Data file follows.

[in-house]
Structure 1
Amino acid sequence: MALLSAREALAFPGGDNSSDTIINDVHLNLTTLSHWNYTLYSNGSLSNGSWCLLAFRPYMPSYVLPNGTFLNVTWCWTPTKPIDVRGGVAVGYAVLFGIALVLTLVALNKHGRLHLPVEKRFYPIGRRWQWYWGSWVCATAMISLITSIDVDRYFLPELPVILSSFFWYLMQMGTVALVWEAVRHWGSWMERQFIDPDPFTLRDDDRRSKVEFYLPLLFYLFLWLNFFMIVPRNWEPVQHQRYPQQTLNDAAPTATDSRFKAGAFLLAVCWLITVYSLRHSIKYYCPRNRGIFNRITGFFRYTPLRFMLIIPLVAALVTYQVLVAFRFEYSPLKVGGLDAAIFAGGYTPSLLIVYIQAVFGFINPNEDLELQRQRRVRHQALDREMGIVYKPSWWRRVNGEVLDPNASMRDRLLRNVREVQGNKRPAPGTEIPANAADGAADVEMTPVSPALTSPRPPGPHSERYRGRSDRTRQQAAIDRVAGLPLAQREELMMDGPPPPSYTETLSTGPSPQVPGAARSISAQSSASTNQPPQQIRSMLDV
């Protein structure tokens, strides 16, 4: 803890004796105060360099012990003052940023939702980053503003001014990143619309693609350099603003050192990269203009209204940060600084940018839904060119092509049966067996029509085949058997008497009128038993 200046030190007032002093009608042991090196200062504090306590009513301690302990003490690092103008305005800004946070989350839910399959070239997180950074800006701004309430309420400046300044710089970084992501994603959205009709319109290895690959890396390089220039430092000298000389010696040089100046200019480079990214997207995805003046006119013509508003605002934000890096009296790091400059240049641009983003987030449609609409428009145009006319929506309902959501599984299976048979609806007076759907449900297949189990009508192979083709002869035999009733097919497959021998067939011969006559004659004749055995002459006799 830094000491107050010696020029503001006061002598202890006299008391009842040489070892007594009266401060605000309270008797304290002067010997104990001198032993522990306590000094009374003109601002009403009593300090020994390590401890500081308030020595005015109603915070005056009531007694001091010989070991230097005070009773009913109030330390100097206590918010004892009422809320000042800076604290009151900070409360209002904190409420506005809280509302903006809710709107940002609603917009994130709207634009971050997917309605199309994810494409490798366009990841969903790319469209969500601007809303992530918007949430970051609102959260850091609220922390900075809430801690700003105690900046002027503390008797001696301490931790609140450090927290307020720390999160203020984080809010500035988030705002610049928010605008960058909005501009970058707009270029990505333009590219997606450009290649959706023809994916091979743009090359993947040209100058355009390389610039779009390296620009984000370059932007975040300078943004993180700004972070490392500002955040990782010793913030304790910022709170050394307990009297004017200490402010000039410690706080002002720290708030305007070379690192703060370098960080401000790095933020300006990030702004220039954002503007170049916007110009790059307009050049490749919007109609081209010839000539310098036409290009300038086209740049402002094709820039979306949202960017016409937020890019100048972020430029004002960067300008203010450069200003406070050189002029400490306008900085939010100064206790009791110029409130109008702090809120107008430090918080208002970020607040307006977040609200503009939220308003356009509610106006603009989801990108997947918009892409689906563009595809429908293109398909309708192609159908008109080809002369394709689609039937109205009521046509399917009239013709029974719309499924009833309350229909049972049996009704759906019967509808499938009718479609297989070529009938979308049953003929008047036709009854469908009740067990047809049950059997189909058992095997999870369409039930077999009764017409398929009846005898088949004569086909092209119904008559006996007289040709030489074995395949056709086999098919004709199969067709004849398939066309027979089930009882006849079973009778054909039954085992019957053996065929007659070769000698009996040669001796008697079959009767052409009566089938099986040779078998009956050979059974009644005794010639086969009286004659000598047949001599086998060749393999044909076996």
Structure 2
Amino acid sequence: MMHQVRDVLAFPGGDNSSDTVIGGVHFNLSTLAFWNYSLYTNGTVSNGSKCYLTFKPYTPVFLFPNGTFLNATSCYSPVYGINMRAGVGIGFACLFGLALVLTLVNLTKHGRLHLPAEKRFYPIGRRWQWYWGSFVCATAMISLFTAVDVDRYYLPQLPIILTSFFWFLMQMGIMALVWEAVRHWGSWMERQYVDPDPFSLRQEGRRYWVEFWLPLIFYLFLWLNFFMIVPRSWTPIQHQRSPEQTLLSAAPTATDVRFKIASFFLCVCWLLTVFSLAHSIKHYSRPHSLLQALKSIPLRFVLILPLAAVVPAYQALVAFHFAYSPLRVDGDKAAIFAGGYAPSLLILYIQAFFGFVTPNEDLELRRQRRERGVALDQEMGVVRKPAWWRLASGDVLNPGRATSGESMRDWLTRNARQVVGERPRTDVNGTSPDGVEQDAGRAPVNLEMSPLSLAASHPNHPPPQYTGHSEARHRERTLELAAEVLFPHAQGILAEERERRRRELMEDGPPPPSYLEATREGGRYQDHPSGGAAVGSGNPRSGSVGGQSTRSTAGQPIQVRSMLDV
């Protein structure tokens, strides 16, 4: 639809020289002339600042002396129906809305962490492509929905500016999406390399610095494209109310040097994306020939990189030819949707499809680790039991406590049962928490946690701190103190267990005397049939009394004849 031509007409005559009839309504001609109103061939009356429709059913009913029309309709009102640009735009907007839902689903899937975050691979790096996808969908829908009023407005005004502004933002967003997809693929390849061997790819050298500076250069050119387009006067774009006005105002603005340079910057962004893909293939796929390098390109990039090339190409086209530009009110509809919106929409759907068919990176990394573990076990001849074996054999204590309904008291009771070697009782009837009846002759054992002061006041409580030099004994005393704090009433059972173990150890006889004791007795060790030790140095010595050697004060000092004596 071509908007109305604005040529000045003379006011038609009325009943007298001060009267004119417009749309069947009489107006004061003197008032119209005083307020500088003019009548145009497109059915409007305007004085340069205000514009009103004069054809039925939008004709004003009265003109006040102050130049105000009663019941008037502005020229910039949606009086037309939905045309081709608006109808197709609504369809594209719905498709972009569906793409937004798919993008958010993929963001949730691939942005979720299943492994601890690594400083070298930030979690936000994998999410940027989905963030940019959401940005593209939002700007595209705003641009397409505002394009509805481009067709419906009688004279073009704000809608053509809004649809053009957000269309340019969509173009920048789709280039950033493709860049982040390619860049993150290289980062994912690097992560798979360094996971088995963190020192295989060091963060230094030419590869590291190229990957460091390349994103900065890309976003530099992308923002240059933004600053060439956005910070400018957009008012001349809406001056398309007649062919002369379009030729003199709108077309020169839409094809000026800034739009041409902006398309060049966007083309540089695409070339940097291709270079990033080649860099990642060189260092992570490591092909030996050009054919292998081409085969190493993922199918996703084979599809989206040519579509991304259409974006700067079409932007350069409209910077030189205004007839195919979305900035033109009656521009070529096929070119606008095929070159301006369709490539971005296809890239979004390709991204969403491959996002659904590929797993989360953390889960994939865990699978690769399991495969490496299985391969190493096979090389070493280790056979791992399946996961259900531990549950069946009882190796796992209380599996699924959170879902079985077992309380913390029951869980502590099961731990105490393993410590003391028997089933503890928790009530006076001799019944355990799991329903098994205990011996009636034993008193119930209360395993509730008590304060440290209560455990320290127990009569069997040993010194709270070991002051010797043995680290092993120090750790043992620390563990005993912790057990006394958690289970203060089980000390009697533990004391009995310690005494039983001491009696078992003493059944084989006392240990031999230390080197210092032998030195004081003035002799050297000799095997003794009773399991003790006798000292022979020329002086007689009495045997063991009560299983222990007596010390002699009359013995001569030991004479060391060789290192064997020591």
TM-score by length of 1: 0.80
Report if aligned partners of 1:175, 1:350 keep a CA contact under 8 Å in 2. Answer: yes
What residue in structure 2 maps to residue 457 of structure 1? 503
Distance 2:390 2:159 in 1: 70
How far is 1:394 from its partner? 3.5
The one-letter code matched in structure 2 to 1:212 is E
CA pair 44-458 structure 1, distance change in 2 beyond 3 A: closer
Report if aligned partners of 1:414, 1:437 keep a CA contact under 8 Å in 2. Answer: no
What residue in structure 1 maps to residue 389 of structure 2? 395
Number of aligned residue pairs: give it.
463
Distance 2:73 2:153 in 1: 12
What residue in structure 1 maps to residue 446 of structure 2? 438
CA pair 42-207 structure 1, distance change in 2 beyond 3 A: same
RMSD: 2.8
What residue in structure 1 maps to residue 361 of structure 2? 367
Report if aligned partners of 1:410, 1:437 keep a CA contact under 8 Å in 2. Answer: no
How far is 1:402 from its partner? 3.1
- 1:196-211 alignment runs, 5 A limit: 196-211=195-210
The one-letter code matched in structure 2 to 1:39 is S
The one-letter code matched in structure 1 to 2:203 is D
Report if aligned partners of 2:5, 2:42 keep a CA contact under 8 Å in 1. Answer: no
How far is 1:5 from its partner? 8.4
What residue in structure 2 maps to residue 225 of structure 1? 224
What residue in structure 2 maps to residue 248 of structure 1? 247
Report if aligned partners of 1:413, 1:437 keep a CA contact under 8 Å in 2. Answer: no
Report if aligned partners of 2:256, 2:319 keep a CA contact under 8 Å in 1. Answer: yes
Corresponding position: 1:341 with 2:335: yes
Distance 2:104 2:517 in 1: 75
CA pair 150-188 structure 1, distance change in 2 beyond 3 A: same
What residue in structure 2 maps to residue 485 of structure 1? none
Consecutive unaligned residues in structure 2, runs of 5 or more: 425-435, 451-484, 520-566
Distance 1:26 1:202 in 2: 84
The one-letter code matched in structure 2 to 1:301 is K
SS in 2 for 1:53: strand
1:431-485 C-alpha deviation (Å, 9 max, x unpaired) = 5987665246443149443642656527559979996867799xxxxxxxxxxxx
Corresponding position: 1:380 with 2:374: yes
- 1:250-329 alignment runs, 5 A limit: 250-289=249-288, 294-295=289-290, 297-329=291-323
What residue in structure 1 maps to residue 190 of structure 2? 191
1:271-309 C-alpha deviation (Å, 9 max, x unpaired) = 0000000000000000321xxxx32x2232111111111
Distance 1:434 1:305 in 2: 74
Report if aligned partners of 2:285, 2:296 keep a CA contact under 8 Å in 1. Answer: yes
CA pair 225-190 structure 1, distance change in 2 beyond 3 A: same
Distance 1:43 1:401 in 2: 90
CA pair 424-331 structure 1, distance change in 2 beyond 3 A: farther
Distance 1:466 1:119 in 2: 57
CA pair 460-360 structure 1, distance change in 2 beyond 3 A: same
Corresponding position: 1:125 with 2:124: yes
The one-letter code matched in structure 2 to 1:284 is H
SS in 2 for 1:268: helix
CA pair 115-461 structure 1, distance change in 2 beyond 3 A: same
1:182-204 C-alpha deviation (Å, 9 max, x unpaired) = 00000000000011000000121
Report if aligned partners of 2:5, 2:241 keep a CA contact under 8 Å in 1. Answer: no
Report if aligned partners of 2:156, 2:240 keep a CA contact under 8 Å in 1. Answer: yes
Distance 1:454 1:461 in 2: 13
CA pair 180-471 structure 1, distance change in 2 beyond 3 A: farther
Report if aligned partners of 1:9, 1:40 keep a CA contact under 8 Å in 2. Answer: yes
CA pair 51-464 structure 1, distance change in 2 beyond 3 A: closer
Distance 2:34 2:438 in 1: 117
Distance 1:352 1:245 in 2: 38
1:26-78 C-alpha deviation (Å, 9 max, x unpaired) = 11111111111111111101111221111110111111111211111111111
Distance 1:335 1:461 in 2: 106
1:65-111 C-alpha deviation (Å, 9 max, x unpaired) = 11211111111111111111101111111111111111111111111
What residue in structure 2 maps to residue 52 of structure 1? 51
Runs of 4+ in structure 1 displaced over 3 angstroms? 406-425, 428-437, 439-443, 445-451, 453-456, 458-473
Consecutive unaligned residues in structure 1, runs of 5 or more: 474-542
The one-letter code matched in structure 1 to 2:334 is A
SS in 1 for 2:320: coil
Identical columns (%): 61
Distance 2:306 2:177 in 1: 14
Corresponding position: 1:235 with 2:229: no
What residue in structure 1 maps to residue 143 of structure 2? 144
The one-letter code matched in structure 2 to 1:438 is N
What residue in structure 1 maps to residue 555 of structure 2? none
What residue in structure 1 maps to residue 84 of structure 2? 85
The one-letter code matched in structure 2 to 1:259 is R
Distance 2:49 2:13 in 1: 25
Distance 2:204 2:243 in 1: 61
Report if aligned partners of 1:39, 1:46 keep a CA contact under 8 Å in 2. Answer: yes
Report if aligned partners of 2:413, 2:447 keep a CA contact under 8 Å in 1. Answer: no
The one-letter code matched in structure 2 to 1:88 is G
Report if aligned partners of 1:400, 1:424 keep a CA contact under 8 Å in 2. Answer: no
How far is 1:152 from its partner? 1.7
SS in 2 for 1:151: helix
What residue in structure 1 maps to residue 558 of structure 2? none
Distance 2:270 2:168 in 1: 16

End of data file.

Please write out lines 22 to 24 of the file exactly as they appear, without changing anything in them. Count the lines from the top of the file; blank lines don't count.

RMSD: 2.8
What residue in structure 1 maps to residue 361 of structure 2? 367
Report if aligned partners of 1:410, 1:437 keep a CA contact under 8 Å in 2. Answer: no